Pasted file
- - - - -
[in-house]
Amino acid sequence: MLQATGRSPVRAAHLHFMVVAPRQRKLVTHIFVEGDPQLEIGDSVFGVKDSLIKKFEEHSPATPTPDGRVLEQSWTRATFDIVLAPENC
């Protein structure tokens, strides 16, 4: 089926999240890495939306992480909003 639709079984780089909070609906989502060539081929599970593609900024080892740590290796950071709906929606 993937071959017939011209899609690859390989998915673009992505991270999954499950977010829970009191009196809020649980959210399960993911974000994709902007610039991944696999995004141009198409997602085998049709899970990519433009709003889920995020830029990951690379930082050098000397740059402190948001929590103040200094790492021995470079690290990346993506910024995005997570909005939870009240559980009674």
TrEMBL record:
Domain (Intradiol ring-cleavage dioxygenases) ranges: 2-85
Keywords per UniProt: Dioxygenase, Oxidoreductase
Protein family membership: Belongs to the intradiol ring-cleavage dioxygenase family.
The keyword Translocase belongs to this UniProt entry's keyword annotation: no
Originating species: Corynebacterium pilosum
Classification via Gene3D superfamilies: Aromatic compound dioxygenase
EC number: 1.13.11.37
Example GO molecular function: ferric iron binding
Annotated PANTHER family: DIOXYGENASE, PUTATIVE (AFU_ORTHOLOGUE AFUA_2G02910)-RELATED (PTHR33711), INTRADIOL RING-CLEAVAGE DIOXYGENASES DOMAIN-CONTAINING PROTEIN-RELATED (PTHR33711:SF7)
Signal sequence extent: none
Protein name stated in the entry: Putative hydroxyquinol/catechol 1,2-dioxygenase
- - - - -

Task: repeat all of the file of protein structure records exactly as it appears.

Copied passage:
[in-house]
Amino acid sequence: MLQATGRSPVRAAHLHFMVVAPRQRKLVTHIFVEGDPQLEIGDSVFGVKDSLIKKFEEHSPATPTPDGRVLEQSWTRATFDIVLAPENC
């Protein structure tokens, strides 16, 4: 089926999240890495939306992480909003 639709079984780089909070609906989502060539081929599970593609900024080892740590290796950071709906929606 993937071959017939011209899609690859390989998915673009992505991270999954499950977010829970009191009196809020649980959210399960993911974000994709902007610039991944696999995004141009198409997602085998049709899970990519433009709003889920995020830029990951690379930082050098000397740059402190948001929590103040200094790492021995470079690290990346993506910024995005997570909005939870009240559980009674």
TrEMBL record:
Domain (Intradiol ring-cleavage dioxygenases) ranges: 2-85
Keywords per UniProt: Dioxygenase, Oxidoreductase
Protein family membership: Belongs to the intradiol ring-cleavage dioxygenase family.
The keyword Translocase belongs to this UniProt entry's keyword annotation: no
Originating species: Corynebacterium pilosum
Classification via Gene3D superfamilies: Aromatic compound dioxygenase
EC number: 1.13.11.37
Example GO molecular function: ferric iron binding
Annotated PANTHER family: DIOXYGENASE, PUTATIVE (AFU_ORTHOLOGUE AFUA_2G02910)-RELATED (PTHR33711), INTRADIOL RING-CLEAVAGE DIOXYGENASES DOMAIN-CONTAINING PROTEIN-RELATED (PTHR33711:SF7)
Signal sequence extent: none
Protein name stated in the entry: Putative hydroxyquinol/catechol 1,2-dioxygenase